If you are reading this article, then you don’t need convincing as to why water is a pressing issue, and you have a basic understanding of the urgency to address both the scarcity and quality sides of the water crisis. Just to give context, to those playing catch up, we are using water at an unsustainable rate that without changes in business practices, by 2030, global water demand will be 40% > supply.
“…in many countries like Hong Kong, water subsidies are in place, meaning we do not personally know the true value of water.”
If water were another commodity, this would drive prices to the roof- but in many countries like Hong Kong, water subsidies are in place, meaning we do not personally know the true value of water.
In 2015, the World Economic Forum identified water as the biggest global threat – “It is not only the fourth time water has made the annual list that ranks the greatest risks to economies, environments and people, but the first time that water has moved into the top position for impact.” (The Global Risks Report 2015). The global water crises are inextricably tied to the other items that made it to the top risks, including extreme weather events; failure of national governance, state collapse or crisis; rapid and massive spread of infectious diseases; and failure of climate change adaptation.
In the 2016 version of the report, “climate change mitigation and adaptation rose to the top after its presence in the top five most impactful risks for the past three years, ahead of weapons of mass destruction, ranking 2nd, and water crises, ranking 3rd.” Even locally, there is heightened awareness of the water crises , following national documents such as the ‘Made in China 2025 Action Plan’ and the Water Ten Plan.
Our water challenges are massive but the power of small steps that when aggregated, makes a real drop of difference
There is actually no dearth of information on the magnitude of the crisis. We naturally turn to government and business for big answers- because we think all answers have to have the scale in order to swiftly reverse impacts. One thing I have been thinking about lately is the power of small steps that when aggregated, makes a real drop of difference.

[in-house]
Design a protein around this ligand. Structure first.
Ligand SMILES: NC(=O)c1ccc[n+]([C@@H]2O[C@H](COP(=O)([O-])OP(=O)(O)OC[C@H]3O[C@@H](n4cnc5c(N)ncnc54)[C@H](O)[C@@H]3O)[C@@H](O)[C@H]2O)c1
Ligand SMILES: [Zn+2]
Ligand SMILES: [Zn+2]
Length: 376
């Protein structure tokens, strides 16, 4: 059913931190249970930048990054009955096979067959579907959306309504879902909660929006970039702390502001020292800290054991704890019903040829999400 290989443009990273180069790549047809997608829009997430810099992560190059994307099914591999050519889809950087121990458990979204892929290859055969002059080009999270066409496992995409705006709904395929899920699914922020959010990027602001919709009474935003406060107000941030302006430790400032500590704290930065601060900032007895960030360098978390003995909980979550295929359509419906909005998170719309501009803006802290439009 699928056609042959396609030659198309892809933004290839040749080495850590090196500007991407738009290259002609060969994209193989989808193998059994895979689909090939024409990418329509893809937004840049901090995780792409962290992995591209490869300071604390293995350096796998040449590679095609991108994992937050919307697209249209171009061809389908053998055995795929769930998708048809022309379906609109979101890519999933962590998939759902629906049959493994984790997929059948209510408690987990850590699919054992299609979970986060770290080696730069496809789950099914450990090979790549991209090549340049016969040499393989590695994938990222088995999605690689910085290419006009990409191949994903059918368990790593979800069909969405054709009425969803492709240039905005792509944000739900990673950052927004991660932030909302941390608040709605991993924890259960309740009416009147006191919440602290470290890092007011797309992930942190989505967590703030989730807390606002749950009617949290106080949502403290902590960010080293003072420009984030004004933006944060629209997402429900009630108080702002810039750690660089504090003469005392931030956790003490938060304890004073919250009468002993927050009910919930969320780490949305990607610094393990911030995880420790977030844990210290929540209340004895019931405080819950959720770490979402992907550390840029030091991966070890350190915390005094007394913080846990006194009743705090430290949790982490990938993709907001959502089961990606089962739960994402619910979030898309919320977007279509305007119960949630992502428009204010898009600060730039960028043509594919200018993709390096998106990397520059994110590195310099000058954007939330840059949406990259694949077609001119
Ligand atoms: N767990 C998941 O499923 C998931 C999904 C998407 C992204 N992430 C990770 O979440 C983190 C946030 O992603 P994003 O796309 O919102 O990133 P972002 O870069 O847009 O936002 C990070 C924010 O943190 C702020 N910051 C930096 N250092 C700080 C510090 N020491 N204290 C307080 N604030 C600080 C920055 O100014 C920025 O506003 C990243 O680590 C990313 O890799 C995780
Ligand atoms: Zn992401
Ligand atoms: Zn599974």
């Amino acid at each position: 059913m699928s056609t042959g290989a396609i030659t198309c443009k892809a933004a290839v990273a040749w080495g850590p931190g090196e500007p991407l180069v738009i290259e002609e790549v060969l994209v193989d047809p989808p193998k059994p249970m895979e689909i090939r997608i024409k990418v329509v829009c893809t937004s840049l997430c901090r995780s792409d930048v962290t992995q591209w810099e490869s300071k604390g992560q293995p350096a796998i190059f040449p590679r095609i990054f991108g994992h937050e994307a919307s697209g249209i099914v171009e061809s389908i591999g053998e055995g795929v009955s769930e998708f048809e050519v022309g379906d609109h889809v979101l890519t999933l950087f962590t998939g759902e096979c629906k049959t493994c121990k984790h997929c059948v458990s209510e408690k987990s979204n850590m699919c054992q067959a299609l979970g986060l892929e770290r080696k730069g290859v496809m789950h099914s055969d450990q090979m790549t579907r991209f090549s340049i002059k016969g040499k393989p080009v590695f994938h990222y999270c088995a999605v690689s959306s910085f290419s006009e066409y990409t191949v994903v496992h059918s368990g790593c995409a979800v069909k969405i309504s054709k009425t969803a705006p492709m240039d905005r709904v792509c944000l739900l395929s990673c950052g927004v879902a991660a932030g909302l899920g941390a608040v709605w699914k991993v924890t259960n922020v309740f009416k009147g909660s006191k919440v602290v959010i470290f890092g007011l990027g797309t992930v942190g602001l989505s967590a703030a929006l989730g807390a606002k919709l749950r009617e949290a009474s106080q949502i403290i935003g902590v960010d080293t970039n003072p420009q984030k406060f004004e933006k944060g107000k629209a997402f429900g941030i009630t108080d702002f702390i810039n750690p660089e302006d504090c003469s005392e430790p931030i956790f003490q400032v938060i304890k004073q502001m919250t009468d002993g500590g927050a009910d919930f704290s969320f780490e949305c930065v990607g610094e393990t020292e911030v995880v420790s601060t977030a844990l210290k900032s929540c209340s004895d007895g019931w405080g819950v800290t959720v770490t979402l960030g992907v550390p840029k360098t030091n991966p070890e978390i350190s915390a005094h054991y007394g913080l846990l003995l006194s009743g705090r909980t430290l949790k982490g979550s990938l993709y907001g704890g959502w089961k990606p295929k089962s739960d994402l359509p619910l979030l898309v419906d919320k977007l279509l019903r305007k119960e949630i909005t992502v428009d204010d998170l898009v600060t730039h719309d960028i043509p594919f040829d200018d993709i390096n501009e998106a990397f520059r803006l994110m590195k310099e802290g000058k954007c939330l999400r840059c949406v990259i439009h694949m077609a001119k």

I recently spoke on Ethics in a casual breakfast with the most unexpected “creative” audience mix: about 150 start up/ tech/ millennials/ architects/ photographers and designers. One of the biggest takeaways we discussed was to review our own thoughts, actions and habits- and how they turned into our behaviour, that which defines our character. If I took the same thought process and applied it to our personal relationship with water, I wonder what conclusions we can draw? Are we ethical about our water consumption? What is the moral use of it , when is it abusive, and why should we only change our ways when there is a crisis?
In the Ethics session I asked the audience to reflect on actions – particularly repeated actions that become just the way they do things. The way you always take car #3 on the MTR that gets you straight to the escalators – things like this become your habits and are tough to break because they simply have become second nature.
Habits are tough to break because they become second nature
If I asked the same of you now, what water-related habits have you come to adopt, what would that look like? The tap running as you brush your teeth? Watering lawns during a drought? Whatever they may be, we should reflect on why they have become our habits – and also reflect on their implications:
- Drinking tea rather than coffee can save 120 litres of water per cup
- With the average person flushing five times a day, toilets make up about 31% of overall household water consumption. In a home with older toilets, an average flush uses about 3.6 gallons (13.6 liters), that’s the equivalent of 18 bottles of wine
- An 8 ounce steak uses a staggering 3,500 litres of water – or the equivalent of 17 full bathtubs
There’s many more of these astonishing statistics and the invitation is here to read more- in order to slowly change our habits. If we all adopted 1 or 2 small changes, they become manageable – and they become inspirational.
Start with yourself. It’s the only thing you can truly control.
“95% of the water we use everyday is invisible – and not as simple as counting 8 glasses to drink.”
95% of the water we use everyday is invisible – and not as simple as counting 8 glasses to drink. In fact, they are embedded in your every choice- clothing, beverage, mode of transport, etc. Make it as simple as understanding the amount of water embedded in a product, and finding out whether there are better choices out there.
One of my good friends and fellow World Economic Forum Young Global Leader Mina Guli recently ran 7 deserts in 7 continents in 7 weeks for one reason: water. Mina says “I’m doing this for our planet and the generations to come. I’m running for every person who uses water.”
During her runs she observed several instances of the water challenges we are facing today. When Mina ran through Jordan she said “Usually at this time of year the canyon should be full of water, which would last for 3-4 months. It was empty. And the next. And the next.” She also witnessed the impact of water scarcity in Spain, with the shift from subsistence farming to commercial farming when she spoke to olive grower Juan Jose during the Tabernas desert run.
Our actions and habits can make a difference, however small
“I hope to raise awareness of the water crisis and inspire the next generation to believe they can make a difference by pledging to do just one thing each day to reduce their water consumption. Small steps, each day, because every drop counts.”
We won’t all have Mina’s courage, or stamina to run 7 deserts. Giving up chocolate for a week seems lame in comparison, but we can all do our own share. Our actions and habits can make a difference however small.
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